November 16, 2021
After several months of offices reopening and schools underway, we are seeing a shift towards indoor air quality monitoring. Facility managers want their buildings to be greener and smarter. Employers, similarly, want their workers to feel safe and comfortable. With a strong emphasis being placed on stopping the COVID-19 spread, it’s no wonder that companies are paying closer attention to ventilation and how this process relates to worker health.
While carbon dioxide (CO2) is correlated with a negative impact on performance, it’s now increasingly tied to health and well-being. There have been recent studies from Massachusetts Institute of Technology, which reveal carbon dioxide levels having a strong connection with the airborne spread of infection. For this reason, adequate indoor ventilation becomes increasingly important because CO2 is released when people exhale. Fresh air supply from the outdoors cuts back on the chance of spreading lingering viruses.
Aside from CO2, there are a lot of other factors at play in the health of our air. Without a doubt, COVID-19 has made people aware of CO2, but PM2.5 (fine dust) can also have a detrimental impact on occupant comfort. Fine dust can trigger allergy and asthma attacks, as well as eczema flare-ups. Since PM2.5 can stay suspended in the air for longer periods of time, it can cause more severe health effects long term, including chronic respiratory problems.
TVOCs (total volatile organic compounds) are naturally occurring in cleaners and manufactured goods. Moderate exposure can cause headaches, fatigue, and other symptoms that can impact concentration. Higher concentrations have been associated with more severe consequences, such as cognitive impairment, overworked liver and kidneys, and even cancer.
Tracking noise and light levels can also create healthier, more productive spaces. Noise, for instance, can have a negative effect on tasks requiring reading comprehension and can lead to decreased job satisfaction, according to a study by Cornell University. As another air quality factor, light can affect circadian rhythms which governs sleep and wakefulness.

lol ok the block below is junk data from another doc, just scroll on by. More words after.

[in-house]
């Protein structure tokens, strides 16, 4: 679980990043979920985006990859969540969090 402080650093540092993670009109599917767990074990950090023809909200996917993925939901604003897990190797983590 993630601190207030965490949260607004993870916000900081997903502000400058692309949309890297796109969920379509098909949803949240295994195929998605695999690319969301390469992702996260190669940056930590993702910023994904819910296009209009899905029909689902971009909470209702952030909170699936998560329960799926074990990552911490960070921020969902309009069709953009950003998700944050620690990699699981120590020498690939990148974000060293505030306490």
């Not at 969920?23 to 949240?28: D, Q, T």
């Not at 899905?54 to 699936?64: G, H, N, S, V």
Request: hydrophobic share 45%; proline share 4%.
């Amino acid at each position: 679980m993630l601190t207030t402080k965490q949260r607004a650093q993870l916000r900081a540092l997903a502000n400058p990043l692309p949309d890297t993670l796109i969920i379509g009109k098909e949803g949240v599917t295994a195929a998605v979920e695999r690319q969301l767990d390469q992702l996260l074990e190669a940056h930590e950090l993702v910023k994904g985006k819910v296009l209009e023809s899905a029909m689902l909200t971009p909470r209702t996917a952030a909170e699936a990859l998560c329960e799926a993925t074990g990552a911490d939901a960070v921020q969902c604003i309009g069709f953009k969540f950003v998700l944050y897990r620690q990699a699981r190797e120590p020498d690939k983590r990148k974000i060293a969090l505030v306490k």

At Awair, we’re thrilled to see others’ sharing our understanding and excitement about measuring indoor air quality. If CO2 led you to think about IAQ, remember that indoor spaces need to measure several air factors, including humidity, temperature, PM2.5, TVOCs, Noise, and Light. Learn more about Awair’s air quality monitoring solutions for Businesses and Schools.
Whether you’re looking to update your current office space or are in the market for your next company headquarters, there are a variety of factors to consider. Below, we’ve outlined four key office features that you can’t afford to ignore.
I realized the impact indoor air quality could have on health for the first time years ago while renovating our new home. We were not sleeping well and getting sick often. Then I read about the effects fine dust and air pollution can have on the human respiratory system, both near-term and over a lifetime.
Crowded classrooms, meetings in closed door conference rooms, working from your makeshift WFH office with poor ventilation - all of these scenarios can cause high CO2 and significant decreases in cognition and productivity.What is carbon dioxide?Carbon dioxide is a naturally occurring gas that is measured in parts per million (ppm). A by-product of our metabolic process – we add CO2 into the air every time we exhale – it’s often used as an indicator of adequate building ventilation.